Chaohuang has a good answer, but I will also add that one other method that you can use would be via the Haar Wavelet Transform, followed by wavelet co-efficient shrinkage, and an Inverse Haar Transform back to the time-domain.
The Haar wavelet transform decomposes your signal into co-efficients of square and difference functions, albeit at different scales. The idea here is that you 'force' the new square signal representation to best match your original signal, and thus one that best represents where your edges lie.
When you perform a co-efficient shrinkage, all that means is that you are setting specific co-efficients of the Haar transformed function to zero. (There are other more involved methods, but that is the simplest). The Haar transformed wavelet co-efficients are scores associated with different square/difference functions at different scales. The RHS of the Haar transformed signal represents square/difference bases at the lowest scale, and thus, can be interpreted, at the 'highest frequency'. Most of the noise energy will thus lie here, VS most of the signal's energy that would lie on the LHS. Is is those bases co-efficients that are nulled out and the result then inverse transformed back to the time-domain.
Attached is an example of a sinusoid corrupted by heavy AWGN noise. The objective is to figure out where the 'start' and 'stop' of the pulse lie. Traditional filtering will smear the high-frequency (and highly localized in time) edges, since at its heart, filtering is an L-2 technique. In contrast, the following iterative process will denoise as well as preserve edges:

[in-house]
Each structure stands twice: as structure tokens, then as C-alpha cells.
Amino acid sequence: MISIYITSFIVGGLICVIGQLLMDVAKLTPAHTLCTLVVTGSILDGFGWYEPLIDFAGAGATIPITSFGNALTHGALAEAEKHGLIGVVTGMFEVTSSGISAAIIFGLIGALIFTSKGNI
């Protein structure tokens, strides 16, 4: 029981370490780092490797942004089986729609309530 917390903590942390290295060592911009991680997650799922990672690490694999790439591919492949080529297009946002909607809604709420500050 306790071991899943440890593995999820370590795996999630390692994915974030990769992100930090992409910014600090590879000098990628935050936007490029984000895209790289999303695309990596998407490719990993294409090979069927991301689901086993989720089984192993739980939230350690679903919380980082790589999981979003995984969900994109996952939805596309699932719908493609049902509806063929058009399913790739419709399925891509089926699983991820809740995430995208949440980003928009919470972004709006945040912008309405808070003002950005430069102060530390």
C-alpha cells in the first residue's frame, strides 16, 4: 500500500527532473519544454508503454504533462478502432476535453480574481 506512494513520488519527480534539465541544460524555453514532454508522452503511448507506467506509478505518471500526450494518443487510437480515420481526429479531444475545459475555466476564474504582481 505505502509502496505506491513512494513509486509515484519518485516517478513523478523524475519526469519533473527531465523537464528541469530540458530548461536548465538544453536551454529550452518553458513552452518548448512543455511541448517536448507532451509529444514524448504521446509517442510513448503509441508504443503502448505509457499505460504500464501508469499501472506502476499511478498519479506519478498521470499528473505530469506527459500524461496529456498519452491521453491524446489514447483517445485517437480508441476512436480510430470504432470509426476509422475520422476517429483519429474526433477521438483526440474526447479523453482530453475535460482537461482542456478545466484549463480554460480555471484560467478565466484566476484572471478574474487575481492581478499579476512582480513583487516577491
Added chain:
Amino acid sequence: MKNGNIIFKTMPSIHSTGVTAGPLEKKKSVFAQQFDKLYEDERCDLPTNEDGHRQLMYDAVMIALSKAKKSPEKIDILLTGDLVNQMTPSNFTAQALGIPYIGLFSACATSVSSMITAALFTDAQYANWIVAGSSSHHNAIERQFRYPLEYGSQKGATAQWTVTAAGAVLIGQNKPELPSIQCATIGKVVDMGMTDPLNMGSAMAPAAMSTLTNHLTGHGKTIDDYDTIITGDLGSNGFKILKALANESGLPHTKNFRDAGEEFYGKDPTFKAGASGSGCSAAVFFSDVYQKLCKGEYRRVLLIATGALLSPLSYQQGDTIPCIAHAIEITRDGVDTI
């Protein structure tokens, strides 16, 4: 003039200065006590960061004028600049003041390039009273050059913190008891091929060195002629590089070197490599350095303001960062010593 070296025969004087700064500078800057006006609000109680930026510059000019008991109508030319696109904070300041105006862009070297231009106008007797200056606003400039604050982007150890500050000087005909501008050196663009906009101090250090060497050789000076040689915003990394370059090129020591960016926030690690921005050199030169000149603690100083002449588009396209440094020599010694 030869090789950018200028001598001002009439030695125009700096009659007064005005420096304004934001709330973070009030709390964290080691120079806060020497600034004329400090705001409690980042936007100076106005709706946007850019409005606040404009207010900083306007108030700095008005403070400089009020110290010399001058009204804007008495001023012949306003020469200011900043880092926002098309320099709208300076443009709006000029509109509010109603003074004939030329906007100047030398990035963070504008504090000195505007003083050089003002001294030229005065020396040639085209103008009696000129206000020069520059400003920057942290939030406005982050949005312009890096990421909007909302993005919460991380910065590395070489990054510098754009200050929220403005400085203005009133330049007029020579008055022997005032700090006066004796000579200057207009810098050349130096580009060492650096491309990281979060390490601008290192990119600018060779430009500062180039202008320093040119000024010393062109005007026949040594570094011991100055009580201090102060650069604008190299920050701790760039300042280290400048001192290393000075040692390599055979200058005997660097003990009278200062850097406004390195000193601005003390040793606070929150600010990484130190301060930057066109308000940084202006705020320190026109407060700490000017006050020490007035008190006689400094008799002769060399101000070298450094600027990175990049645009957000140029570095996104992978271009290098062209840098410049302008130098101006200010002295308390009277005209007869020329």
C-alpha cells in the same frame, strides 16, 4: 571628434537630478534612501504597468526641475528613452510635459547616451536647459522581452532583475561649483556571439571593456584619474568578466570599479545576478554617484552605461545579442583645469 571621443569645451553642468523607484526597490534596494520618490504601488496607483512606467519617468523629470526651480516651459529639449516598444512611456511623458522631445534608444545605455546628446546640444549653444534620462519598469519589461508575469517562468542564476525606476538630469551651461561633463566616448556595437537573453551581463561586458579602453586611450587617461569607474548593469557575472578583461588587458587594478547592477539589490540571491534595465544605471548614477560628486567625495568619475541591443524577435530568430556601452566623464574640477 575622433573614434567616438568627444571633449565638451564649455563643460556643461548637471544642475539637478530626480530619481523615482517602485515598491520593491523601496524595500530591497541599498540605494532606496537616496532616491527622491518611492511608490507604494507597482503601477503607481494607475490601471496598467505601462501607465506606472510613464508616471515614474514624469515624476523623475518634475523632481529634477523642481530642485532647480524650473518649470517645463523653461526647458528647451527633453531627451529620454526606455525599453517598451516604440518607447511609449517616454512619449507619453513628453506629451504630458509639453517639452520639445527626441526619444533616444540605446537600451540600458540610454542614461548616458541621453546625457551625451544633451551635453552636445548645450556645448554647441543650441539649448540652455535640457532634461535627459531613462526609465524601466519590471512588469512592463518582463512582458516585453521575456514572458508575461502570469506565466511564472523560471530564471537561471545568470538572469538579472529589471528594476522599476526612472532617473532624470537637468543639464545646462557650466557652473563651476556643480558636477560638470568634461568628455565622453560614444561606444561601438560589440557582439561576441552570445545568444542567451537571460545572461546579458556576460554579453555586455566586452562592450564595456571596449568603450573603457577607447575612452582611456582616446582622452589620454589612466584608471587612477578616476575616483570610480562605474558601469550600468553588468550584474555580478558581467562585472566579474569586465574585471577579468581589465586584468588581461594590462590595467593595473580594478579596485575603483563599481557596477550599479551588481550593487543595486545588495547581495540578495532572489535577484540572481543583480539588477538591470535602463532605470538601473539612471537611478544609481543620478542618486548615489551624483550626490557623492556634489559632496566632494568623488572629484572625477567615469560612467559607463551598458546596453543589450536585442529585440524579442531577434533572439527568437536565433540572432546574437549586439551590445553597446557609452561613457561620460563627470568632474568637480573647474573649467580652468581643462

(I thought one could attach movies here, but I do not seem to be able to. You can download movie I made of the process here). (Right click and 'save link as').
I wrote the process 'by hand' in MATLAB, and it goes like this:
- Create a sinusoid pulse corrupted by heavy AWGN.
- Compute the envelope of the above. (The 'signal').
- Calculate the Haar Wavelet Transform of your signal at all scales.
- Denoise by iterative co-efficient thresholding.
- Inverse Haar Transform the shrunk co-efficient vector.
You can clearly see how the co-efficients are being shrunk, and the resulting Inverse Haar Transform resulting from it.
One drawback of this method however, is that the edges need to lie in or around the square/difference bases at a given scale. If not, the transform is forced to jump to the next higher level, and thus one loses an exact placement for the edge. There are multi-resolution methods used to counter act this, but they are more involved.